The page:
When It’s Time to Move On

Read More

When things fall apart, it is hard to find the initiative to get back up and find the space to start or create something new. The important thing is to get back up, even if it takes a lot of time. Making daily efforts to try again seems difficult at first, but after a while the practice of doing creates the momentum needed to move forward. In order to allow growth to take place, movement is necessary.

A body in motion, stays in motion

-Sir Isaac Newton

Some important questions to  ask when there is something that may feel like it is falling apart are:

  1. What isn’t working?
  2. Is there something I can change to make it work?
  3. If I let go and move on from this, what are my next actions?

Be honest with yourself and take time to write out the answers. After you answer the questions, look to see if anything sticks out. Are there common themes, new revelations or is the answer clear and the writing exercise solidified your intuition? Sit with the answers, meditate on the next steps and recognize any closure that needs to take place.

Figuring out action steps can help bring your mind out of the fog but make sure to give yourself the time to process the disappointment. If it is time to move on, it’s okay to mourn the loss. Allow the healing to occur and take an active role by looking forward.

When life gives us a “no” it creates space for expansion. This is a place for possibility and dreaming. The opposite of expansion is contracting. Think about a fist releasing its grasp. This is the action most beneficial for moving on; release and expand. If contracting is happening, it holds on to pain and disappointment. Stagnation can occur and often times, resentment.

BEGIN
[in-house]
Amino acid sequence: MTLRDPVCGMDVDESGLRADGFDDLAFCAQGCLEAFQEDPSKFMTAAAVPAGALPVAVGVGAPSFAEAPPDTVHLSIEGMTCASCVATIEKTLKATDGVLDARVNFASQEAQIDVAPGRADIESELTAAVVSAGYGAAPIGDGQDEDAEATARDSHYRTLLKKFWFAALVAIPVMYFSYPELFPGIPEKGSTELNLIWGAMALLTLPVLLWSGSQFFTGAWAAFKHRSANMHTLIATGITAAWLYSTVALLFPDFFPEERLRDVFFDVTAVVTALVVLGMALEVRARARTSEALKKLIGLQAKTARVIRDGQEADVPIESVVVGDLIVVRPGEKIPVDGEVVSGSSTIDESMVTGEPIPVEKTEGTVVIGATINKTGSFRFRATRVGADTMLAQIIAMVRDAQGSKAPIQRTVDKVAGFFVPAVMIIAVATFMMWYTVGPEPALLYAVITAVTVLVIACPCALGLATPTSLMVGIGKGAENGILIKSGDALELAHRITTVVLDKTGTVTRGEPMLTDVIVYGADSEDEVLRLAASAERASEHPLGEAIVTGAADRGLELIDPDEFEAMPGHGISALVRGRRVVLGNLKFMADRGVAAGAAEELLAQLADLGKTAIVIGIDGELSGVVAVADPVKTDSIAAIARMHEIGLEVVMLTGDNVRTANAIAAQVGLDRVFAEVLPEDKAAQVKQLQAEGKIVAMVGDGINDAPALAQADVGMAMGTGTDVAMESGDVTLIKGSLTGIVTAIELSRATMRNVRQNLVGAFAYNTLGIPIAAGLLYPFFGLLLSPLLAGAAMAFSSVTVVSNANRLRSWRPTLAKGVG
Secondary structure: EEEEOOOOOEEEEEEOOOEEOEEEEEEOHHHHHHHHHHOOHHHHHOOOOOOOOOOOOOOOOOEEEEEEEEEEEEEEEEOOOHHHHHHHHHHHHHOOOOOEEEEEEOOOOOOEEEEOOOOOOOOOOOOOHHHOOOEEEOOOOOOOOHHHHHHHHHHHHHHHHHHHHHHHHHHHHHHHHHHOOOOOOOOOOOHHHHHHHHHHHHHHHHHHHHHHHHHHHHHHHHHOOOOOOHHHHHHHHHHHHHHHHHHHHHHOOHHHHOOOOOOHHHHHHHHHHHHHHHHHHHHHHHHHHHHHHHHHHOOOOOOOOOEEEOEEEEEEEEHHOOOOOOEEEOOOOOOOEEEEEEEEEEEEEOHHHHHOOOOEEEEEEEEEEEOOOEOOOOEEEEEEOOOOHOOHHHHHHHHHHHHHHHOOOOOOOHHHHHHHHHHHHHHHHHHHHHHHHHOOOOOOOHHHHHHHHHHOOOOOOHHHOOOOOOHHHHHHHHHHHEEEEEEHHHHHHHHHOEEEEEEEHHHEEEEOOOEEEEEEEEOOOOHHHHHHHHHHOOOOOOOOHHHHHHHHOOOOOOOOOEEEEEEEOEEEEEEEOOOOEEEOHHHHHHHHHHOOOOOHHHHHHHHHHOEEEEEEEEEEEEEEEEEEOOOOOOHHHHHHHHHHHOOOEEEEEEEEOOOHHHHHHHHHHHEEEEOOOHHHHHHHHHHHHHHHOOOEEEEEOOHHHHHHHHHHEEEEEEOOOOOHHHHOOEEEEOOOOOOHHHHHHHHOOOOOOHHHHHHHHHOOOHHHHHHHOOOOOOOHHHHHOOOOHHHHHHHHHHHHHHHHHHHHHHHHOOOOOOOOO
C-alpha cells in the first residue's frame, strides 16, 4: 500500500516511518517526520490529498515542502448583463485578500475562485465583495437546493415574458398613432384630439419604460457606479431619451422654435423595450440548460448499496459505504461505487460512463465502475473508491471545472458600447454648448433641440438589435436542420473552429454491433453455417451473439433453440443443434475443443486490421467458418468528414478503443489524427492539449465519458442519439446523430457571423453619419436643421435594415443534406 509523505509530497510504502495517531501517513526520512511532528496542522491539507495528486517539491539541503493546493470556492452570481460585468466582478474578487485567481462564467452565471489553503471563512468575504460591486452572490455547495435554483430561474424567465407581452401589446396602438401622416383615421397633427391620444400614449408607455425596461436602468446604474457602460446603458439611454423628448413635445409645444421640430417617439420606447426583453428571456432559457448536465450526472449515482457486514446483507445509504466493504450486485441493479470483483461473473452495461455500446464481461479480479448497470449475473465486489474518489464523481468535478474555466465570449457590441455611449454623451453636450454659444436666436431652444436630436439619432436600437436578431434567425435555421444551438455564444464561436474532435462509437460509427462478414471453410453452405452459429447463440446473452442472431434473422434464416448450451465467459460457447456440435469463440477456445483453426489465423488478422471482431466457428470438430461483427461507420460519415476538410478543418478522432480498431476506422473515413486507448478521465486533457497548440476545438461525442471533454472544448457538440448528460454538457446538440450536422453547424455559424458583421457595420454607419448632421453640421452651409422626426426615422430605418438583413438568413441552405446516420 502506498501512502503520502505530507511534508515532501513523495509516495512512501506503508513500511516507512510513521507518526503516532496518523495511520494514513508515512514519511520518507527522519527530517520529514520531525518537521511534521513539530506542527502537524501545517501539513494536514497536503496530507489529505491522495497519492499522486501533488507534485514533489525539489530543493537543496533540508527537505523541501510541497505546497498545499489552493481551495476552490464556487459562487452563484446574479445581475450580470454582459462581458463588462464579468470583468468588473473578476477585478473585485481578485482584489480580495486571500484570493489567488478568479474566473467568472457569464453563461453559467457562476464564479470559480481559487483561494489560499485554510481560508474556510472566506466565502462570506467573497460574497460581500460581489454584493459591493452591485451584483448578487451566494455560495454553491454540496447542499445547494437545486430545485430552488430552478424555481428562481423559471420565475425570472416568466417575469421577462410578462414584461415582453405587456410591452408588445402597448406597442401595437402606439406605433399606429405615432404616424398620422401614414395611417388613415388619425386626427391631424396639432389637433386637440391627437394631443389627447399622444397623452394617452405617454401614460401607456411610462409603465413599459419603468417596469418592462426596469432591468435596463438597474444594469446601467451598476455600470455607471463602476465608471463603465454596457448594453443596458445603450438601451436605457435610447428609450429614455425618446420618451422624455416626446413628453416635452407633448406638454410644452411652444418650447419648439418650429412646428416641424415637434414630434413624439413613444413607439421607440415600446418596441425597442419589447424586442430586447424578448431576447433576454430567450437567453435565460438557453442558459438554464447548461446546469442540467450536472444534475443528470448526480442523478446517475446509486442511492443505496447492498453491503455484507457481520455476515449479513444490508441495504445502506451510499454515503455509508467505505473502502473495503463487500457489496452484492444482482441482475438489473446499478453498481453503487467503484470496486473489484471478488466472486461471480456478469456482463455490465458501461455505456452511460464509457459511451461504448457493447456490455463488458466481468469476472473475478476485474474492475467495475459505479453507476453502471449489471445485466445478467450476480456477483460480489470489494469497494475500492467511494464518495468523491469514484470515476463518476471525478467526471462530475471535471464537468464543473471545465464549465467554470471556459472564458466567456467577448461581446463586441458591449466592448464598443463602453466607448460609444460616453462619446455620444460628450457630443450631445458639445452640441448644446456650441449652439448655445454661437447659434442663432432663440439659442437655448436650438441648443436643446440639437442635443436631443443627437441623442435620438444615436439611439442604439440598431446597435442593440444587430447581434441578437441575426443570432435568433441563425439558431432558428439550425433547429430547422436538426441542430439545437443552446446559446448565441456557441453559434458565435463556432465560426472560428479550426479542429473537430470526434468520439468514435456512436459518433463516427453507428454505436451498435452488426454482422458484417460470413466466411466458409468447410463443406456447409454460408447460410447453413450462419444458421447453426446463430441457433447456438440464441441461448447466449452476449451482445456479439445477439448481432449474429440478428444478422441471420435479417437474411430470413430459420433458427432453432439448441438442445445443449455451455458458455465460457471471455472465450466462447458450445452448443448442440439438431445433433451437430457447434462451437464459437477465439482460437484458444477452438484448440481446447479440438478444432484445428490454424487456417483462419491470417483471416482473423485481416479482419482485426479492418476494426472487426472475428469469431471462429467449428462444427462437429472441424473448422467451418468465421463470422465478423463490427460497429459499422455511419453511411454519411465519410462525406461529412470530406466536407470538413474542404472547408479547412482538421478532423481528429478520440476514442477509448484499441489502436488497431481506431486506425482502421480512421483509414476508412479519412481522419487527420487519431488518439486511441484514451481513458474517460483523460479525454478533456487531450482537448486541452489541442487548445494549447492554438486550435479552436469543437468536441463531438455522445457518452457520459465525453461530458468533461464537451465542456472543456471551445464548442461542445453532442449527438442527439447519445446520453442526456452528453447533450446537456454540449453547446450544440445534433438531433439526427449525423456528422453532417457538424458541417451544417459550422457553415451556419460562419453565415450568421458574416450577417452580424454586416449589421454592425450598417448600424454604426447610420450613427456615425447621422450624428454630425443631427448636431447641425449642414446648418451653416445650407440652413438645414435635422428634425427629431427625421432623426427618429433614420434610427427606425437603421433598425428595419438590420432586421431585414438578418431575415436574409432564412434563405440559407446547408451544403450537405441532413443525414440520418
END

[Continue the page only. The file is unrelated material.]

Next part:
Let what needs to fall down, fall. Don’t act like Sisyphus, continually pushing a boulder up the mountain just to push against gravity once more; this was his curse. Whatever is falling apart, does not need to be a curse. Look to see the blessing in disguise. There is something waiting for this to end in order to have the space it needs to enter your life.

Let go and receive whatever may come with open arms, mind and heart. Replace resistance with cooperation. Let things come to you and keep moving forward, one step at a time.

Compassion and Empathy

Read More

I spent the last few days in a community that showed up and had the courage to make room for empathy and compassion. The Valley Fire, in Lake County, California started on Saturday afternoon and grew rapidly burning several homes and displacing thousands.

There was such an outpouring of generosity, support and love for victims of the fire. Some people just wanted to have someone listen to them and spoke about their loss, fear and even hope. As they spoke, I could feel the inner stirring of compassion. I wanted to say the right words, but realized that I needed to just listen.

Others needed basic items like a toothbrush and a pair of socks. “All I wanted was a pair of socks, the weather started getting cooler and I found myself fixating on socks” a women told me as we searched for clothing in her size. She was thrilled to find a pair of socks and smiled with tears in her eyes.

I thought about the socks I was wearing and wondered if I had ever felt that much gratitude towards them or any of my clothing. That moment, I offered gratitude for my socks and realized that every little thing is precious; even socks.

Every day, several people just wanted to help those in need. People from surrounding communities held fundraisers and clothing drives. Deliveries of donated goods showed up by the truckloads. Everyone seemed to want to help. People who had been evacuated and then returned home, turned around and volunteered. It was truly amazing to witness.